The temperate rainforests of British Columbia are home to some of the biggest trees on Earth. Due to the high annual rainfall and 12-month growing season, old-growth Sitka spruce, Douglas-fir, and western redcedar trees can grow to staggering proportions and live to be more than a thousand years old, inspiring wonder and awe in people around the globe.

The world’s largest-known Douglas-fir, the Red Creek Fir, the world’s largest-known redcedar, the Cheewhat Giant, and Canada’s largest spruce, San Jo’s Smiley, are all found on Vancouver Island. The town of Port Renfrew on southern Vancouver Island is known as the ‘Tall Trees Capital of Canada’, home to the burly redcedars at the famed Avatar Grove, the magnificent San Juan Spruce, as well as Big Lonely Doug, Canada’s second-largest Douglas-fir tree. The tallest known tree in Canada is a 315 ft (96 m) Sitka spruce dubbed the Carmanah Giant. The widest is a redcedar at Cheewhat Lake nearly 20 ft (6 m) in diameter. The very ‘biggest’ overall though are crowned as such based on their volume in cubic meters. See the BC Big Tree Registry for more info.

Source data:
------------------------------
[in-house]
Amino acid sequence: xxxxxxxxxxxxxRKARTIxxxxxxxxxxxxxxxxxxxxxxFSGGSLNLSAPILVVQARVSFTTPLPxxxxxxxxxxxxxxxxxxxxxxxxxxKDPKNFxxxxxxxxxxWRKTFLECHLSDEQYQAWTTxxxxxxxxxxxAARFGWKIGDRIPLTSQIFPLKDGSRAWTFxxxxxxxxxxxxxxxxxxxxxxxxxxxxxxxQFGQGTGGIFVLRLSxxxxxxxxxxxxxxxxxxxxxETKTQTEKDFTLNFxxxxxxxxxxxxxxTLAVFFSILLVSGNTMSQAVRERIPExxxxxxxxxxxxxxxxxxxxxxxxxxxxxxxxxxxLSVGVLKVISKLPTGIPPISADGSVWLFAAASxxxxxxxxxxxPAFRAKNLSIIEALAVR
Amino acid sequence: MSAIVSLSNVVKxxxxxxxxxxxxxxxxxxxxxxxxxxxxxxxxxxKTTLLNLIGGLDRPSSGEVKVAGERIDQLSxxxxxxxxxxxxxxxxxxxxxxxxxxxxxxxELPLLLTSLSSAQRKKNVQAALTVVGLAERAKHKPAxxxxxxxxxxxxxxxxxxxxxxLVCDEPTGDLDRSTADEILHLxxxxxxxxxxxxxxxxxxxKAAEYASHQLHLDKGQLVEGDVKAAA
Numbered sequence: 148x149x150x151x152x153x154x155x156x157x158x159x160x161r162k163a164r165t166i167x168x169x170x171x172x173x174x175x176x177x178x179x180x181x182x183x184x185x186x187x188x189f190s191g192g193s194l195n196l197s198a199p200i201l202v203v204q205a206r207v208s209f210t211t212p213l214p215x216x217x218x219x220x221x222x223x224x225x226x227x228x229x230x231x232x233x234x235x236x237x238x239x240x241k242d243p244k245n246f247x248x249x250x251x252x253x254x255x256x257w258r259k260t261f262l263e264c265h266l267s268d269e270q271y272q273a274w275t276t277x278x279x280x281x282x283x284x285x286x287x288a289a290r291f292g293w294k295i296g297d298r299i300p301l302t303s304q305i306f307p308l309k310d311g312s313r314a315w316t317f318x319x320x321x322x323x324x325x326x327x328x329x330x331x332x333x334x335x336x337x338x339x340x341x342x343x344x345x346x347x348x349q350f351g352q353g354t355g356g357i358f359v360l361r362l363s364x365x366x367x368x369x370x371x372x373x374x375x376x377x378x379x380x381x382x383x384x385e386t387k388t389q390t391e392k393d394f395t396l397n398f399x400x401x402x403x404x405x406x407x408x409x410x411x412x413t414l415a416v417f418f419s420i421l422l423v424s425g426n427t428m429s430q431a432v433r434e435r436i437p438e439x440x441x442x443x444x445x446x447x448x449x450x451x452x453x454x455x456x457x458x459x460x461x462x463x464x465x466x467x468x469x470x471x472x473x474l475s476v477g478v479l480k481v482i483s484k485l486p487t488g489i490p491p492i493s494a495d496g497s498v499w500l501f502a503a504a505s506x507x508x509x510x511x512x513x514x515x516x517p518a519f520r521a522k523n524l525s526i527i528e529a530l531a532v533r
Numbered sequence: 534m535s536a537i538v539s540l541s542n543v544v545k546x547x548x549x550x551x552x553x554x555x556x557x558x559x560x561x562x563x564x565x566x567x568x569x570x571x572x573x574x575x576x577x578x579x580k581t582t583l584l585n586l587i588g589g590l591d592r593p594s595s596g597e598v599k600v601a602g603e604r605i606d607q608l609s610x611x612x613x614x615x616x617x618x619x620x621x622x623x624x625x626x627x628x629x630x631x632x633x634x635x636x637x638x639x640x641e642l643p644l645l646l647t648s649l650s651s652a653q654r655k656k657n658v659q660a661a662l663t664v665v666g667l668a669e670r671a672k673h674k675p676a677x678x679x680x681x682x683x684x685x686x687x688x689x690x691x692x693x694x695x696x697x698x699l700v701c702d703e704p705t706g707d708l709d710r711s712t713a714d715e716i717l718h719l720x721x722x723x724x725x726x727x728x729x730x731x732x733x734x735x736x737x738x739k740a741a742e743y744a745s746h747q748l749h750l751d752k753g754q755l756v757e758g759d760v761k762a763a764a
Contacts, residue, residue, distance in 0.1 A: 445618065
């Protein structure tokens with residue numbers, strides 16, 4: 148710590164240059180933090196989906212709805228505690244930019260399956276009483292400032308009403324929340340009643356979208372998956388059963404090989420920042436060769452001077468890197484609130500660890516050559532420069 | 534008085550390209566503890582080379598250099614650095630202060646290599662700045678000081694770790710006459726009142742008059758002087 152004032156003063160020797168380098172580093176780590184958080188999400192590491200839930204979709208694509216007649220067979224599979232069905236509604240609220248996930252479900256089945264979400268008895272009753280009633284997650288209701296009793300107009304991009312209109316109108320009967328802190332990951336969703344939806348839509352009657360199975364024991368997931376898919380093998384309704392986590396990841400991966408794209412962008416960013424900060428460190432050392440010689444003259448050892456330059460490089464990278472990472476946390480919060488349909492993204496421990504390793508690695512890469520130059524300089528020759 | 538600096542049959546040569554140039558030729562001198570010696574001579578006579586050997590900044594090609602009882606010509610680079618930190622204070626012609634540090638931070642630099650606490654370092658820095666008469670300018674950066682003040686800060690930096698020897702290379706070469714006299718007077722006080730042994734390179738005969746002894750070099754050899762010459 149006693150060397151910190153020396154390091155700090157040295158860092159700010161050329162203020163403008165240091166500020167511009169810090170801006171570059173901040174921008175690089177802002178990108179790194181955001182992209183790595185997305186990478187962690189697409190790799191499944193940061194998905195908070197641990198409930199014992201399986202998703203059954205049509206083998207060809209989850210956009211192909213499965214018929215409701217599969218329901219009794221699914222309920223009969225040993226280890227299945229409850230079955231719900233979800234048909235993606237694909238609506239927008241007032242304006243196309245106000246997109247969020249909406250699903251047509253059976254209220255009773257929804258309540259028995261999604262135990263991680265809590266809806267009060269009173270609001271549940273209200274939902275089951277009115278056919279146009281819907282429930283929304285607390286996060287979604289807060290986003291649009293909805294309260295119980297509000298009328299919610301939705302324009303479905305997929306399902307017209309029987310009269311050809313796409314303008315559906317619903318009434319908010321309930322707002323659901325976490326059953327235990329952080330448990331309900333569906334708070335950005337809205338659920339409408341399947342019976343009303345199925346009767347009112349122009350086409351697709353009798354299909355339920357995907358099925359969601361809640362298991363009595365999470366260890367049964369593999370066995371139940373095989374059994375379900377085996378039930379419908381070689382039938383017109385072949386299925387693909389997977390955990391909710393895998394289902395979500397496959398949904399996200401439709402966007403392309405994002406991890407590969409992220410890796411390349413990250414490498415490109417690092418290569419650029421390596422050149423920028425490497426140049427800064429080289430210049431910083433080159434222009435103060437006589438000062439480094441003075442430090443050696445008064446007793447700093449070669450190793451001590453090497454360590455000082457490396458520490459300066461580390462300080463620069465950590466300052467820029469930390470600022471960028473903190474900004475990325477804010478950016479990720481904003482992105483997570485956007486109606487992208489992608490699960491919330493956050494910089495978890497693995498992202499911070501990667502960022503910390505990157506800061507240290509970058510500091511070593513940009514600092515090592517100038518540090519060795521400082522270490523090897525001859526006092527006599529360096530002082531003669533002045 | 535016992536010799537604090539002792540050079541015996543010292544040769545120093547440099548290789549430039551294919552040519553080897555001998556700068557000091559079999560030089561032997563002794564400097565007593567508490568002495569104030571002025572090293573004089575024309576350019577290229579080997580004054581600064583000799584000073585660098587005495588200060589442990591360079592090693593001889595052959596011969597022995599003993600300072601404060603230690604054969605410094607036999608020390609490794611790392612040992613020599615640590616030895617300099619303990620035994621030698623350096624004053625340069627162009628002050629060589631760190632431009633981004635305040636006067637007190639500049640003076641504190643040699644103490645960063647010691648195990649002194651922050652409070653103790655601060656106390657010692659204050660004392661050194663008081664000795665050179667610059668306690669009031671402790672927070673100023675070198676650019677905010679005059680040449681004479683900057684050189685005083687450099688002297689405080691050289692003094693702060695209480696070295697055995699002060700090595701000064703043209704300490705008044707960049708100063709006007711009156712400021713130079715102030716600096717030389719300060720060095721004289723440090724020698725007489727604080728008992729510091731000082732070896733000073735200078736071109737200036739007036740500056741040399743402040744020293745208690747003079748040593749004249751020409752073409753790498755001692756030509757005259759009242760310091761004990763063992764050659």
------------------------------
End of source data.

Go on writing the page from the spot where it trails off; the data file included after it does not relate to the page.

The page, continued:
Evolving over centuries, these big trees are part of larger old forest ecosystems that, with their varied canopies and lush flora, provide unique habitat, carbon storage, tourism, cultural, and spiritual values.

To learn more about these ancient giants, journey through this gallery of photos taken by AFA campaigner and photographer, TJ Watt. To visit some of them yourself, check out this Big Tree Map of the Port Renfrew area or the Big Tree Registry Map.

Though a few of these towering beauties are protected from logging, many are not. We encourage you to SPEAK UP for BC’s biggest trees and ancient forests by telling the BC government to commit funding for old-growth protection.